We all have an idea of what “disability” means, but this term has a specific definition in the context of the Social Security disability program and the Supplemental Security Income (SSI) program. A person with a “disability” has the inability “to engage in any substantial gainful activity by reason of any physical or mental impairment which can be expected to result in death or which has lasted or can be expected to result in death or which has lasted or can be expected to last for a continuous period of not less than 12 months.” 42 U.S.C. 423 (d)(1)(A) and 1382c(a)(3)(A).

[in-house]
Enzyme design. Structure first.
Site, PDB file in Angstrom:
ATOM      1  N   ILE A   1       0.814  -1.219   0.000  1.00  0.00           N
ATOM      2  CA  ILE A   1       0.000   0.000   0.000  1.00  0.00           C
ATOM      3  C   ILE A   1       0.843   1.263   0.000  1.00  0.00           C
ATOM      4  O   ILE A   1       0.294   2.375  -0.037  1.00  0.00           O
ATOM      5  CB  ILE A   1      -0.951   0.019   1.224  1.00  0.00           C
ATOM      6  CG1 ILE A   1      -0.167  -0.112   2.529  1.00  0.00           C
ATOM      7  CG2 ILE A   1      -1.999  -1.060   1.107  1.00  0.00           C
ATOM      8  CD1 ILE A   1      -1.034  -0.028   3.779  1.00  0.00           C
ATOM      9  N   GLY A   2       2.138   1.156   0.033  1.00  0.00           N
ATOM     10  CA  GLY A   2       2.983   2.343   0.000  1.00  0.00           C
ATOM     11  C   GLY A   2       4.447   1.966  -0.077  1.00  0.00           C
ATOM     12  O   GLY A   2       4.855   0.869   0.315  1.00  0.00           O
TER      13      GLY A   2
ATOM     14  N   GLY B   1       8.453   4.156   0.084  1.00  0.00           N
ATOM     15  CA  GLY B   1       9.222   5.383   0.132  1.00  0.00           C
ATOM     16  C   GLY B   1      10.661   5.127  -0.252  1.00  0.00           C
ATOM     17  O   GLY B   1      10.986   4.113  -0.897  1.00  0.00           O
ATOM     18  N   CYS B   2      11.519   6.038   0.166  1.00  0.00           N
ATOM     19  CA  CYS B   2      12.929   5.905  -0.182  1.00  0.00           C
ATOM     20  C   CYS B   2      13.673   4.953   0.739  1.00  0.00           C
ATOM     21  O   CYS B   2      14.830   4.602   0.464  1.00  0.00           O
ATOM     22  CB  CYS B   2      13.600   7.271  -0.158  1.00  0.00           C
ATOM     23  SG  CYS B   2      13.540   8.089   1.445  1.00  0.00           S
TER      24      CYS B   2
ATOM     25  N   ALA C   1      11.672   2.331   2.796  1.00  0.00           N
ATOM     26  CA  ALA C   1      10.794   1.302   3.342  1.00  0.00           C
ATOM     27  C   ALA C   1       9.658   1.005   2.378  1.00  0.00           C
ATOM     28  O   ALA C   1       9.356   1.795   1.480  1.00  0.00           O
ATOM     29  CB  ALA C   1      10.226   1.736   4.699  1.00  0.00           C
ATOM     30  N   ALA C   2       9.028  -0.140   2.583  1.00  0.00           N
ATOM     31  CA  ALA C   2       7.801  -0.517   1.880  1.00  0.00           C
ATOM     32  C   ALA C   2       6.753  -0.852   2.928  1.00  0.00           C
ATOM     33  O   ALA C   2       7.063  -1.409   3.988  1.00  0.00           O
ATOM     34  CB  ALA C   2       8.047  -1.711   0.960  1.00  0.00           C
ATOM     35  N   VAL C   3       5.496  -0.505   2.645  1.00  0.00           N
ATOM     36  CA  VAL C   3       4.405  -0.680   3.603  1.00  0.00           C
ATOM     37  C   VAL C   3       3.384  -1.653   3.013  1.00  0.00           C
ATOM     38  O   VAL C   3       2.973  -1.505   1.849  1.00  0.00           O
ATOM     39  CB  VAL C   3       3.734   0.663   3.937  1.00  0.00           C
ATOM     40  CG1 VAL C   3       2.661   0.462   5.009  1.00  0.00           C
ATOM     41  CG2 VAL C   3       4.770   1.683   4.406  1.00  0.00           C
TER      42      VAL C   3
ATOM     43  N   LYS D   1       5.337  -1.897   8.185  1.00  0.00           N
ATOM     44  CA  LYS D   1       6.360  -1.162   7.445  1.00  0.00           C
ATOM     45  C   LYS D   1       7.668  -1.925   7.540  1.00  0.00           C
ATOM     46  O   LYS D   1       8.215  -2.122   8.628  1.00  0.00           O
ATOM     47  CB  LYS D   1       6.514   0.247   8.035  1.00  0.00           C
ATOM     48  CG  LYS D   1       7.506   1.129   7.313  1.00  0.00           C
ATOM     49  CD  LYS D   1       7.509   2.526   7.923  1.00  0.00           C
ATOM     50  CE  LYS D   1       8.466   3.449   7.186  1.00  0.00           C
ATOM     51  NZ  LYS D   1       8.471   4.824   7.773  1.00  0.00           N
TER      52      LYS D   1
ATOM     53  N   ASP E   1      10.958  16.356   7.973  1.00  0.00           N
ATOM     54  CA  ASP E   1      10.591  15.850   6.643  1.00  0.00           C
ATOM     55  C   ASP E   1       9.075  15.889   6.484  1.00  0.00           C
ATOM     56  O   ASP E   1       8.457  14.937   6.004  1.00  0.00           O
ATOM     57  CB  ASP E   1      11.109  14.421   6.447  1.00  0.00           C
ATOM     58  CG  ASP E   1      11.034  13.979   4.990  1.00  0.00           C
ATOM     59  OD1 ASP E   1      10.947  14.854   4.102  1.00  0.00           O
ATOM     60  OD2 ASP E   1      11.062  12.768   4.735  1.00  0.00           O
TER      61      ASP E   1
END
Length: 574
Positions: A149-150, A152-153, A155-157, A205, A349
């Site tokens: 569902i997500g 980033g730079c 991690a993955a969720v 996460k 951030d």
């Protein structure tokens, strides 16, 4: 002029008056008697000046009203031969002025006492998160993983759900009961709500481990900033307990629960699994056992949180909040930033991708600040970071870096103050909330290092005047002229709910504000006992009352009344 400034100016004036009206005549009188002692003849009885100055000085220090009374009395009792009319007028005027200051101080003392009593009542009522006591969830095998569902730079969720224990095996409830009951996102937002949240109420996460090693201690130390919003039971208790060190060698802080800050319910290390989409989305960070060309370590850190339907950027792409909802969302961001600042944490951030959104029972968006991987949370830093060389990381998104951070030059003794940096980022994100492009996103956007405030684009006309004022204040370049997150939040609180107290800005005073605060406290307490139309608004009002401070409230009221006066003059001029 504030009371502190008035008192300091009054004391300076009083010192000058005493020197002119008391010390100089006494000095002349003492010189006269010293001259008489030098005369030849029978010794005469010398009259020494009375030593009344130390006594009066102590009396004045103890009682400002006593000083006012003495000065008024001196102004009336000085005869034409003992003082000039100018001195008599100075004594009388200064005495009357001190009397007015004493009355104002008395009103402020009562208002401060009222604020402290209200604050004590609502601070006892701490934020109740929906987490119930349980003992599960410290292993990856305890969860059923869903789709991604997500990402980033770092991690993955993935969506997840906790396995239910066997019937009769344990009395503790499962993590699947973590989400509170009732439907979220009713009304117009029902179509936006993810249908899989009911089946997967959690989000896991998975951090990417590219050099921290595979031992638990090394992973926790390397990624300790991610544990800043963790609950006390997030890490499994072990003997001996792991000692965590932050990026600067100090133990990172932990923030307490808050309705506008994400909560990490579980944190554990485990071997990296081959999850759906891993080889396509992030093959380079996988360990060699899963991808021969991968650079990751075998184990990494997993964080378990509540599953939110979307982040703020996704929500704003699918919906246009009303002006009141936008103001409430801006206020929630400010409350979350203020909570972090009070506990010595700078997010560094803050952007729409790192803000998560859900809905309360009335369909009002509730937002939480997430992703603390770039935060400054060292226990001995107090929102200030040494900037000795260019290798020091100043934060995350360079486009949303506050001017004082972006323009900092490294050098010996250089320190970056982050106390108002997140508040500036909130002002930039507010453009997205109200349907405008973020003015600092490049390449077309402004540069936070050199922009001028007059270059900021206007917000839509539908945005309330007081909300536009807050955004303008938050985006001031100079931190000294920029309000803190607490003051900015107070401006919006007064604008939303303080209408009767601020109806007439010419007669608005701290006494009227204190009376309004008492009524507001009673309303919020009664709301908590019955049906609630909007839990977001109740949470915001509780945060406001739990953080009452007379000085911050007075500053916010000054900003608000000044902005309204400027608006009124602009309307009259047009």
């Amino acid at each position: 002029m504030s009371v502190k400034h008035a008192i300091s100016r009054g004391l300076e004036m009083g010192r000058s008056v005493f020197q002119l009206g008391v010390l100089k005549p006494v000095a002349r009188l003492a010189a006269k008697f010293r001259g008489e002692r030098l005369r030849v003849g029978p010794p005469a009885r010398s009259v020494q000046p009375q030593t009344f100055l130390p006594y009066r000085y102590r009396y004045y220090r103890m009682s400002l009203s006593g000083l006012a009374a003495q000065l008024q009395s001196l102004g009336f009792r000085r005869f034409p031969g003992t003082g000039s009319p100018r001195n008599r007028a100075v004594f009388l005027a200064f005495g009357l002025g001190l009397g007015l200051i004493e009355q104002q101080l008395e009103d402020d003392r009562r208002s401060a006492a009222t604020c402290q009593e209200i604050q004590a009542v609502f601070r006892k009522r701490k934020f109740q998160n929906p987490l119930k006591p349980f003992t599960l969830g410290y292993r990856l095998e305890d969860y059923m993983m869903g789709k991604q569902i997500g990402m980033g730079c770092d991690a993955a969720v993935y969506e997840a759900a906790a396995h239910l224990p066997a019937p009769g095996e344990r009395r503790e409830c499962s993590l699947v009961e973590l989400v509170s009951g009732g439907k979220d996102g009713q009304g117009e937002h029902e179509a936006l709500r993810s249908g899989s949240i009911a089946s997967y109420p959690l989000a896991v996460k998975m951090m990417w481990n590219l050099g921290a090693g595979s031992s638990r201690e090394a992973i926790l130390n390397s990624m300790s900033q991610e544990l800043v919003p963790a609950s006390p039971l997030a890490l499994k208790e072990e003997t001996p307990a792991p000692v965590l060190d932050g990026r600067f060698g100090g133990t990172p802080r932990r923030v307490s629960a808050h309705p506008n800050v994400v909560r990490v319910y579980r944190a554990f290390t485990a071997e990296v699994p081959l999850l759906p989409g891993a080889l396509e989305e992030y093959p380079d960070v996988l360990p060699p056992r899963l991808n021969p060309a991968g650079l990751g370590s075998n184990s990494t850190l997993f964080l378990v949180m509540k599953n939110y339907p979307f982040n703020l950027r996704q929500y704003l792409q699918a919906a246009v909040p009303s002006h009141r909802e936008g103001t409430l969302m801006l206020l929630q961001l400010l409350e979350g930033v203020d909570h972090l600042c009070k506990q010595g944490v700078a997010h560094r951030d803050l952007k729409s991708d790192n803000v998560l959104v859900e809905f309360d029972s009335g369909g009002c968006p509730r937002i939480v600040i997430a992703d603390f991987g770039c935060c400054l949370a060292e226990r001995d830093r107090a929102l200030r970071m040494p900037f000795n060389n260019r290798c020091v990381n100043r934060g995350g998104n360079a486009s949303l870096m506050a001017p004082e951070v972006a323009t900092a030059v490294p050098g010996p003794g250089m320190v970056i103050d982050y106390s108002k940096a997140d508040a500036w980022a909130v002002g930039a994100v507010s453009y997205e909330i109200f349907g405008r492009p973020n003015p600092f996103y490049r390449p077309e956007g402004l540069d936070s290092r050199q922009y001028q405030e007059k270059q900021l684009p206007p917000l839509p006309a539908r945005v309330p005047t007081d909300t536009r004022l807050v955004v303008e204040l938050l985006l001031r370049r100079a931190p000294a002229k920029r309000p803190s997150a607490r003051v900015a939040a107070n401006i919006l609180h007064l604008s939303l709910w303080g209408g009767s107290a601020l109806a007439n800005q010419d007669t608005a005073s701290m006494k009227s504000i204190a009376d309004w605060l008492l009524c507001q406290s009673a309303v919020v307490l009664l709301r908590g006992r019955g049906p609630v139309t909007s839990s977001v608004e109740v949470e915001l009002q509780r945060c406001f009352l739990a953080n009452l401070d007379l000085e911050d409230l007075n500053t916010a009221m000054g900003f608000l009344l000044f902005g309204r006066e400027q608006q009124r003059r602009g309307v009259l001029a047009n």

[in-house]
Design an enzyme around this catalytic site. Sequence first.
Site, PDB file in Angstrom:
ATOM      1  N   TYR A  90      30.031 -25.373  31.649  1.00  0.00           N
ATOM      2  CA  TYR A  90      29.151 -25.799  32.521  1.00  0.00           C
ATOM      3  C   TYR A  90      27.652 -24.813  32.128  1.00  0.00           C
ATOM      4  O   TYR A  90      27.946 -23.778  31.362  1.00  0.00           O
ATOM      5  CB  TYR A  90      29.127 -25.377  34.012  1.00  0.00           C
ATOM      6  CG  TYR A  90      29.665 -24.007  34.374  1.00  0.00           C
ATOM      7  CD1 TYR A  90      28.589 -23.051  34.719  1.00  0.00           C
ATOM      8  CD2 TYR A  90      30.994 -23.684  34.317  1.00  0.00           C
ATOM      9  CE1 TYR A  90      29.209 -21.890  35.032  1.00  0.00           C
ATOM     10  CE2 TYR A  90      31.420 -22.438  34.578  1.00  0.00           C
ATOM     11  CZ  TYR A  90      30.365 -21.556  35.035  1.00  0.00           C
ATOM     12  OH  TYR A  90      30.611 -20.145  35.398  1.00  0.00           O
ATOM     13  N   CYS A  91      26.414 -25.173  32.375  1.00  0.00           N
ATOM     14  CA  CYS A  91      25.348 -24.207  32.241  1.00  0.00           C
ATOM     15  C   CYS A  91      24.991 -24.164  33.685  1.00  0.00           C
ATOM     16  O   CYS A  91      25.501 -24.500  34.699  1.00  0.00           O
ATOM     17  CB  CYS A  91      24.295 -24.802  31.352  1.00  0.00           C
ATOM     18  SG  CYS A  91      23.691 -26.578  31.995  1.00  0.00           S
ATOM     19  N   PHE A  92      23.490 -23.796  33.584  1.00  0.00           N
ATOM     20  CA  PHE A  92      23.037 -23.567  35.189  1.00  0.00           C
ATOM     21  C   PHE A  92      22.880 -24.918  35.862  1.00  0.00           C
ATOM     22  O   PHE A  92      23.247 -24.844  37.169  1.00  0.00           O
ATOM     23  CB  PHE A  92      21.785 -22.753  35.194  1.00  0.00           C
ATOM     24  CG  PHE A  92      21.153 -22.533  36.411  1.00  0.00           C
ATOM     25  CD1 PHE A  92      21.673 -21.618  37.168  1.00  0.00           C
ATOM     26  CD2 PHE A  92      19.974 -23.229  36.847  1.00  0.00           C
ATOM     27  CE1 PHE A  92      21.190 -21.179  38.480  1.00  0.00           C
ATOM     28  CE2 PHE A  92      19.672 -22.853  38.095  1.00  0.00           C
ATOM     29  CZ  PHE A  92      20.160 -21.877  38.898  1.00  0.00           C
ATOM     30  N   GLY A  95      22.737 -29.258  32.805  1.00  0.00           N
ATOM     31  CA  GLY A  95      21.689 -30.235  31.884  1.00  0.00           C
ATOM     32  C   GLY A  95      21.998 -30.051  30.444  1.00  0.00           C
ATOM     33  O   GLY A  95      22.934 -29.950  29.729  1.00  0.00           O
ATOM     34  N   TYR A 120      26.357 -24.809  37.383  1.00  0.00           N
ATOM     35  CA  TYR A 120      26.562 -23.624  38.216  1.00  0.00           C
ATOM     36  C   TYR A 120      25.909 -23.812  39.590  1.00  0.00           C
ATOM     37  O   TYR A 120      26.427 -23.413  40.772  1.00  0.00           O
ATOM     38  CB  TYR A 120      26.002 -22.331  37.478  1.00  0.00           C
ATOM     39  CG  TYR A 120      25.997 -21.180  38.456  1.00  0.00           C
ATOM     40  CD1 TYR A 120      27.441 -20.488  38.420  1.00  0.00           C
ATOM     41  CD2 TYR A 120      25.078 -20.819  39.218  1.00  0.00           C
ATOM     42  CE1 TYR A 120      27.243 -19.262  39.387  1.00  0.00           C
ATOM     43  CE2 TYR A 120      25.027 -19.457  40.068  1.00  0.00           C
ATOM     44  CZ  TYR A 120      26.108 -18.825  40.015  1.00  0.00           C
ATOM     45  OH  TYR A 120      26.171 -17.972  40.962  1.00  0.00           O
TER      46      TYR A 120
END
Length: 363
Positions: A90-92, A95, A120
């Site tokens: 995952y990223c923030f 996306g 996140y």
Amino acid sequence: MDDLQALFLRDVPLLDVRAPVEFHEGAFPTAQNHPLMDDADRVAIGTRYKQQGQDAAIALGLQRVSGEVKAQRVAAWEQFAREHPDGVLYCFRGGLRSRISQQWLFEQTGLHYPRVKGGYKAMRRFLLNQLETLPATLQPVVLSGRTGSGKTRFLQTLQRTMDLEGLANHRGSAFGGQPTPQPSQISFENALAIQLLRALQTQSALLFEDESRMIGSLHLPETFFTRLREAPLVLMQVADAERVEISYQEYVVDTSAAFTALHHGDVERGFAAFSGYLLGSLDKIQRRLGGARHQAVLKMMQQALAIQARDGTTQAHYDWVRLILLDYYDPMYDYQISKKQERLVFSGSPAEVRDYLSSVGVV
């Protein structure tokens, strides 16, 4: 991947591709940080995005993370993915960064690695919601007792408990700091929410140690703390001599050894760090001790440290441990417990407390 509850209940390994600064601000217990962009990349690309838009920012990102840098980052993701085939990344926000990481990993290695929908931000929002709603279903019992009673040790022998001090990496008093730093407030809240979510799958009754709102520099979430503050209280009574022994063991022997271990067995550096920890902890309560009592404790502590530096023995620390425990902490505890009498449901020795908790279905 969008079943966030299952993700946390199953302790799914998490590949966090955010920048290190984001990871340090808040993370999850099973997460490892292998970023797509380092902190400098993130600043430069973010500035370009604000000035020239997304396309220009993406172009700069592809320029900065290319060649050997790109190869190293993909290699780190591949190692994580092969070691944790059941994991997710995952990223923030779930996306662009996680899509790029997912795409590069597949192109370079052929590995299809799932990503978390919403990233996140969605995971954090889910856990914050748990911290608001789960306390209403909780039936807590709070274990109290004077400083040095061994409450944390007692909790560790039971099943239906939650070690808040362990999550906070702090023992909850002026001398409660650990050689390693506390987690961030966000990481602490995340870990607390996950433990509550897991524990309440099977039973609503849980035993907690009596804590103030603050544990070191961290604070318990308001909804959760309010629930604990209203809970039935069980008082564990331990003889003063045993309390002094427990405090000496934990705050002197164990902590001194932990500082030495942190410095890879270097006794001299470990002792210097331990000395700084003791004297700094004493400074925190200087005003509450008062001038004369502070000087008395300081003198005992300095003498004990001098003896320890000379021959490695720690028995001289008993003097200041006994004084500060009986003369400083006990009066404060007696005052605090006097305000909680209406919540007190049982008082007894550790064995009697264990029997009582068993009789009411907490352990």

“Substantial gainful activity” is another specific term defined by Social Security, and we will discuss this on our next blog. However, the big take away from the definition of disability is this: it deals with a very serious health condition that interferes greatly with one’s ability to work and it must last or be expected to last 12 continuous months. This is why Social Security requires so much paperwork about a claimant’s physical and mental abilities; it must decide how those ability affect the claimant’s functioning in a work setting.